Absolutely. In 2023, we want to run this campaign with you. So you know, it becomes a partnership that is a business partnership that may go on for years and years.
Ben Walker 20:16
Great influencers can become a great part of a great business.
Michelle Carvill 20:19
Well, they're ambassadors yeah.
Henry Purchase 20:20
If it's not broken, don't fix it.
Michelle Carvill 20:22
Henry Purchase 20:23
You know, as a business grows, influencers will grow and especially as the platform's evolve as well, TikTok's really the massive one at the moment for organic reach. But there'll be a new one in the future, you know, these things sort of evolve. It used to be Facebook, it used to be Instagram, these are slowly declining. Instagram has been brought up recently with how much they're pushing reels, but things ebb and flow. And if you as a business are able to evolve, as with the influencer, then it can be beneficial on both sides.
Ben Walker 20:53
Have you got examples of where you've seen a step change in the performance of a business, either on the content side either in terms of profile thought leadership, or in terms of the commercials by the introduction of a great influencer?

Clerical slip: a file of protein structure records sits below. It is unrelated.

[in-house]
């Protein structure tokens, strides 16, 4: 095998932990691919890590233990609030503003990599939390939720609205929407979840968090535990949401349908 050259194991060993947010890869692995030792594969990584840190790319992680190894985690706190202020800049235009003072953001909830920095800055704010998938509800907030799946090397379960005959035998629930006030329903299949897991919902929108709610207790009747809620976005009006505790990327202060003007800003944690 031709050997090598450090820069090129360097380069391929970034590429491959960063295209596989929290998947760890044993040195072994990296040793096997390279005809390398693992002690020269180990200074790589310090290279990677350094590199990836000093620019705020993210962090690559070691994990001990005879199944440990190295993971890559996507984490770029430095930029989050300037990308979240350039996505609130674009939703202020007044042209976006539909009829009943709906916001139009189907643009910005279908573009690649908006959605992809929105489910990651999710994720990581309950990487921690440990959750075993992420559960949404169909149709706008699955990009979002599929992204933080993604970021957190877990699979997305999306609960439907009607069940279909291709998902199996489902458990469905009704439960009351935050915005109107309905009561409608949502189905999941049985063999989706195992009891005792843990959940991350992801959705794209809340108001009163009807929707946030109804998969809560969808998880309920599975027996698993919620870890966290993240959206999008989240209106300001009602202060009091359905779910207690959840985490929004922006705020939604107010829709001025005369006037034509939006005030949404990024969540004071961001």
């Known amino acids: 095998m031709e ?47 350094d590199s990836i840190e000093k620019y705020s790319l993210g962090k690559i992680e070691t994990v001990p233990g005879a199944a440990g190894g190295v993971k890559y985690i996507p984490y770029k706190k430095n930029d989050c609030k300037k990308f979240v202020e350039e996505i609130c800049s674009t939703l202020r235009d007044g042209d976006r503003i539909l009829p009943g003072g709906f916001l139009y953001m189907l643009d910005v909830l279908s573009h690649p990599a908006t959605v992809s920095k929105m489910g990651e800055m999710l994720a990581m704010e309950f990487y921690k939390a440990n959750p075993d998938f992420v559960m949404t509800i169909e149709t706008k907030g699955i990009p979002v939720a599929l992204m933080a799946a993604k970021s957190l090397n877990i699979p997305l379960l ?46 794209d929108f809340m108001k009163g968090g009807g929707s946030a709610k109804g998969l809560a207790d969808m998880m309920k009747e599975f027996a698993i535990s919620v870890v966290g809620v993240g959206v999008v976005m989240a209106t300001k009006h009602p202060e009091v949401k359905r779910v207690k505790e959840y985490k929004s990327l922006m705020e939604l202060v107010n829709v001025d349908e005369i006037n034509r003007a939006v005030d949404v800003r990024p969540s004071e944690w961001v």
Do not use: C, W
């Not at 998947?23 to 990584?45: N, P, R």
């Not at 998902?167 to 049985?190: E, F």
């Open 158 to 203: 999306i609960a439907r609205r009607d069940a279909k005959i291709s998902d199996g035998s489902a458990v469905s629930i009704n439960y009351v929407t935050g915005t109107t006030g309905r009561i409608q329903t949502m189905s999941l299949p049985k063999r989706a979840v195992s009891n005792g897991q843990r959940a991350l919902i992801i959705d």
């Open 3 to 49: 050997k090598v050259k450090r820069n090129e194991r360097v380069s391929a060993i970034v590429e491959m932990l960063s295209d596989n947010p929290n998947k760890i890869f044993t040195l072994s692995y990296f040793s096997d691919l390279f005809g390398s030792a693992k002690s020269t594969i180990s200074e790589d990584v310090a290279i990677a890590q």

Michelle Carvill 21:07
Yes, absolutely. I mean, there's not many of our clients that work with the influencer space. But for those that do, where it naturally fits, yes, one of the main campaigns recently was about content. So they had some significant content gaps that needed to be addressed and so they had all the content gaps addressed. But of course, as a byproduct of that, that also creates awareness, and that also drove more interest, which also drove more conversion, which then also drives commercial impact. And they found that their influencer programme was way more effective from a performance perspective than their paid search. If you get it right commercially, on every front from a content, you know, it all has that kind of domino effect. If you're getting the right content, you're gonna get more reach if you're building that trust and relationship, not only with the influencer, but with their audience. Because if you think of those all those influencers as trusted friends, people trust those trusted friends, they will there it's almost like a friend referring and saying, hey, go and do it this way and of course, it worked. And so it drove more leads, and fundamentally more conversion and more commercial impact.
Henry Purchase 22:21